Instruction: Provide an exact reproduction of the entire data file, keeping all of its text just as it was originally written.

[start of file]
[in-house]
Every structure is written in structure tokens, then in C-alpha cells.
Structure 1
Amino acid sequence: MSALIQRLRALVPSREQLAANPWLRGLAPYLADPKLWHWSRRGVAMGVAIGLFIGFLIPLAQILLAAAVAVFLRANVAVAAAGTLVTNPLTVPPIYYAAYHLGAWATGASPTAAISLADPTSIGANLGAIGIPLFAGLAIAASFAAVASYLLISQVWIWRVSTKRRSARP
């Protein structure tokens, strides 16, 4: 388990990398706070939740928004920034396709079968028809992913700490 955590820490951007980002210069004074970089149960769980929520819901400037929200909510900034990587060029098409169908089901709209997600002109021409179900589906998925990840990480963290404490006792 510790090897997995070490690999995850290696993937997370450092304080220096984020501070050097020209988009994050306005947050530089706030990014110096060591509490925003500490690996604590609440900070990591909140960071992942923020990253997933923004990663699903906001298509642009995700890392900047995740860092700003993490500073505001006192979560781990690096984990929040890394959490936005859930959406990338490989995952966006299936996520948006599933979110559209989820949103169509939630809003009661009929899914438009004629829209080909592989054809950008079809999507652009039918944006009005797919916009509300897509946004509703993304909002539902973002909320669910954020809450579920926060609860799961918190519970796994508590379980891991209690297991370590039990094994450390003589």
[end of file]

[in-house]
Every structure is written in structure tokens, then in C-alpha cells.
Structure 1
Amino acid sequence: MSALIQRLRALVPSREQLAANPWLRGLAPYLADPKLWHWSRRGVAMGVAIGLFIGFLIPLAQILLAAAVAVFLRANVAVAAAGTLVTNPLTVPPIYYAAYHLGAWATGASPTAAISLADPTSIGANLGAIGIPLFAGLAIAASFAAVASYLLISQVWIWRVSTKRRSARP
């Protein structure tokens, strides 16, 4: 388990990398706070939740928004920034396709079968028809992913700490 955590820490951007980002210069004074970089149960769980929520819901400037929200909510900034990587060029098409169908089901709209997600002109021409179900589906998925990840990480963290404490006792 510790090897997995070490690999995850290696993937997370450092304080220096984020501070050097020209988009994050306005947050530089706030990014110096060591509490925003500490690996604590609440900070990591909140960071992942923020990253997933923004990663699903906001298509642009995700890392900047995740860092700003993490500073505001006192979560781990690096984990929040890394959490936005859930959406990338490989995952966006299936996520948006599933979110559209989820949103169509939630809003009661009929899914438009004629829209080909592989054809950008079809999507652009039918944006009005797919916009509300897509946004509703993304909002539902973002909320669910954020809450579920926060609860799961918190519970796994508590379980891991209690297991370590039990094994450390003589």